"The last will and Testament of Daniel Pearsall, of Hempstead. This being my last will, I, being very weak in body, but having my perfect understanding, for which I am thankful God." I leave to my eldest son, Daniel Pearsall, my dwelling house, and orchard by the same, and my barn and the land joining to it. Also all that land that lies northwest of my house near the Flax Pond, excepting that which my brother Nathaniel is to have, in lieu of a piece of ground that lies on the east side of my house called the Little Orchard, which said Little Orchard I give to my son John Pearsall, till he is of age, and then it is to return to my son Daniel. I also give to my son Daniel, the remaining part of my 100 acre lot (my brother Thomas Pearsall, having the west half of it by a deed of gift), except ten rods in breadth, the whole length of the lot to be taken off the east side, and this part I give to my son John, and I give to my son, John Pearsall, my 50 acres of land joining on the east side of it with all the privilege thereto belonging, and an equal part of my rights of Commons, proportional to his land. I give to my sons, Daniel and John, all my rights of meadow in the town of Hempstead. I give to Sarah Wilkins a heifer. I leave all of my cattle to my five daughters, Ann Searing, Sarah Pearsall, Margery Pearsall, **Jane Pearsall, and Emma Pearsall, and to each of them a feather bed with furniture. "And concerning my three little daughters, my wife disposed of two of them to their two sisters before she died, and the third, namely, Margery, I do likewise dispose of to my two eldest daughters, desiring that as soon as it is convenient, she may learne the treade of a Tayler." I make my son in law, John Searing, and my cousin, Thomas Pearsall, executors. Dated this 29 day of the 2nd month, called April, 170 2/3. There is some remaining land on Cow neck, which I authorize my executors to sell. Witnesses, Isaac Smith, Samuel Denton. Nathaniel Pearsall. Proved at Court of Common Pleas, at Jamaica, May 20, 1703. Thomas Willett, Judge; Samuel Clowes, Clerk. page 376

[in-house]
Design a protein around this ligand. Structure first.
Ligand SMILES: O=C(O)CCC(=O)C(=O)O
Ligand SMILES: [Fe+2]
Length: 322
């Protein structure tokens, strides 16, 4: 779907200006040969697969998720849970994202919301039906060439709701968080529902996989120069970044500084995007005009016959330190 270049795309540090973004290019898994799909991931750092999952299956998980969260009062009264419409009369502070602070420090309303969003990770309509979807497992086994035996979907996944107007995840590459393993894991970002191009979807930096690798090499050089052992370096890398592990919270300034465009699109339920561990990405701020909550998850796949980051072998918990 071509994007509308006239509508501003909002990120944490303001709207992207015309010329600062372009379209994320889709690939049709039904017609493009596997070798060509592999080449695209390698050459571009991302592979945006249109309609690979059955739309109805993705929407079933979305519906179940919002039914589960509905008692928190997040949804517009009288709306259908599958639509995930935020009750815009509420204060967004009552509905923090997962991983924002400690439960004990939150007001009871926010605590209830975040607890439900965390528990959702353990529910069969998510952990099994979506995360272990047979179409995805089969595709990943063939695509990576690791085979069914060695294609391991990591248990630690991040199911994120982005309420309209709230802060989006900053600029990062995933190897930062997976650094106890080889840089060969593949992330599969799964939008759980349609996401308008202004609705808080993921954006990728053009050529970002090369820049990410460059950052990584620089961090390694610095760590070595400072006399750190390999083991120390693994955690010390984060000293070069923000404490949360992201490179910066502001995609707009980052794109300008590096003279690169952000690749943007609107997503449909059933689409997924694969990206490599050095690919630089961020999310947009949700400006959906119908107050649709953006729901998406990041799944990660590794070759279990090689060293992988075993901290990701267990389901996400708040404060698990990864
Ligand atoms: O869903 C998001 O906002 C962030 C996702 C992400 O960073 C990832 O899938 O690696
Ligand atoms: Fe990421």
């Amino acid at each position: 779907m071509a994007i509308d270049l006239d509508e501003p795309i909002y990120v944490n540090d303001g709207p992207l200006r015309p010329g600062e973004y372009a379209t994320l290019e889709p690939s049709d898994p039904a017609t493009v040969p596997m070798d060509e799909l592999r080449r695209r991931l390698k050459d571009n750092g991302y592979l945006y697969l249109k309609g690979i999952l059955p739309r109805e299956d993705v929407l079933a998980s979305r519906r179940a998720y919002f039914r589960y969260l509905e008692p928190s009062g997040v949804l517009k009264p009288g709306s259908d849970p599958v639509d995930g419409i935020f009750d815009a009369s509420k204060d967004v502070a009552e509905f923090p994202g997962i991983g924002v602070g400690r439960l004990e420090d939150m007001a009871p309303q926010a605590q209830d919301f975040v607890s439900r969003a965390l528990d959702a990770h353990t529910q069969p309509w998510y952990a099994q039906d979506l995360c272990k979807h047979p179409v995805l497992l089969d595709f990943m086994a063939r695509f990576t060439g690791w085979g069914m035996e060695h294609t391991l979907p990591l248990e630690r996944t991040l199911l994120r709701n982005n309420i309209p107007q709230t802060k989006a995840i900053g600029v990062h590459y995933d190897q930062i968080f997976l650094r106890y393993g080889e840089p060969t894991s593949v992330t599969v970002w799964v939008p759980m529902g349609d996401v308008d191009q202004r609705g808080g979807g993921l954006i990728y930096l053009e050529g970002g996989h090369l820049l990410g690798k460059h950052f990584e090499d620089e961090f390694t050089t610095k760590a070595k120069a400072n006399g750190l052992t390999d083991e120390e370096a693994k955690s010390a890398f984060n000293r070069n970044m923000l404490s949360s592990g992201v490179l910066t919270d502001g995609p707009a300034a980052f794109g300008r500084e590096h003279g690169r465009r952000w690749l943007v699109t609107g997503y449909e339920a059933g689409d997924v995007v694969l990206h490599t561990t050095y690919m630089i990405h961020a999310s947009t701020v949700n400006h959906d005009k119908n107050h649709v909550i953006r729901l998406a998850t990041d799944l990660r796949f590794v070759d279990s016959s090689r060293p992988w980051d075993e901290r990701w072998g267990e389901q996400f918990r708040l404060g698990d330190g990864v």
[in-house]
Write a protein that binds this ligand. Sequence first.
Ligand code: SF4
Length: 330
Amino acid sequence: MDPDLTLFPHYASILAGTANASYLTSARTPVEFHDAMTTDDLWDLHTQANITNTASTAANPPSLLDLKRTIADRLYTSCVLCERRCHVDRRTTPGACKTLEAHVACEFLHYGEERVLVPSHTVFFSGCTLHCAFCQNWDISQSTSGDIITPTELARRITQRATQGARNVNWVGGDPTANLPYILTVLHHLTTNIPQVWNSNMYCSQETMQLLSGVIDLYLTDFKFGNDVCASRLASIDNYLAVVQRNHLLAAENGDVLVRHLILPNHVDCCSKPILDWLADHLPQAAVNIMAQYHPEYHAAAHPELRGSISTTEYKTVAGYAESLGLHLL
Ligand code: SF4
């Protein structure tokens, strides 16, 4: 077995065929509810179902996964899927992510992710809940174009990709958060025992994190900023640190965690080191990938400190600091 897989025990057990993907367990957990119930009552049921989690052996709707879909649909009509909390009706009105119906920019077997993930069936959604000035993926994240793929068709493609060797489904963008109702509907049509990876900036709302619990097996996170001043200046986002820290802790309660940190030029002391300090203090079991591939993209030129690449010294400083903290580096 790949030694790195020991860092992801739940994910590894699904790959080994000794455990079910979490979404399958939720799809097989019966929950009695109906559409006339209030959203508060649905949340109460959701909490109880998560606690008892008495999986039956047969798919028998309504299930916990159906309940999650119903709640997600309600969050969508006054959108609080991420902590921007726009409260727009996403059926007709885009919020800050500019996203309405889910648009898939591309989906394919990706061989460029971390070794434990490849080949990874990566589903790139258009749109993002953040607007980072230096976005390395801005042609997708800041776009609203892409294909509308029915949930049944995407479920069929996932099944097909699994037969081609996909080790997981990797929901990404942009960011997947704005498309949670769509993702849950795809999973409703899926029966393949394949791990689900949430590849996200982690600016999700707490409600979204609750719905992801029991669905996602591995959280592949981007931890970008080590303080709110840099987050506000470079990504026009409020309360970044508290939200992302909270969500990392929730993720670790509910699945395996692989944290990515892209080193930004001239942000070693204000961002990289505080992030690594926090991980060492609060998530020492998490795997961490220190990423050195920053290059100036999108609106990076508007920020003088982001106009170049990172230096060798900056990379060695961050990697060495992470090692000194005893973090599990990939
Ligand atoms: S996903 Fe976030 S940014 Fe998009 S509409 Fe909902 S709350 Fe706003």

• *The American Genealogist (TAG) vol. 18, pg.171-has JANE as JEAN who married Caleb Halstead...(?)
  • Notes taken from Clarence Pearsall's Books vol. II pg. 1171

+notes from TAG vol. 18, pg.171

(1) #Established in 1644. Probably this is the church where many Pearsalls and related Families were married and mentioned in many old records.

Found in Genealogical and family history of central New York_1912_Vol1_pg_431

view all 15

Daniel Pearsall's Timeline

Hempstead, Nassau, New York, United States
New York
Hempstead, Suffolk, New York
Hempstead, Suffolk, New York
Hempstead, Long Island, New York
Hempstead, NY, United States
September 1692
Hemstead, Long Island, New York
Province of New York
Long Island City, Queens, New York, United States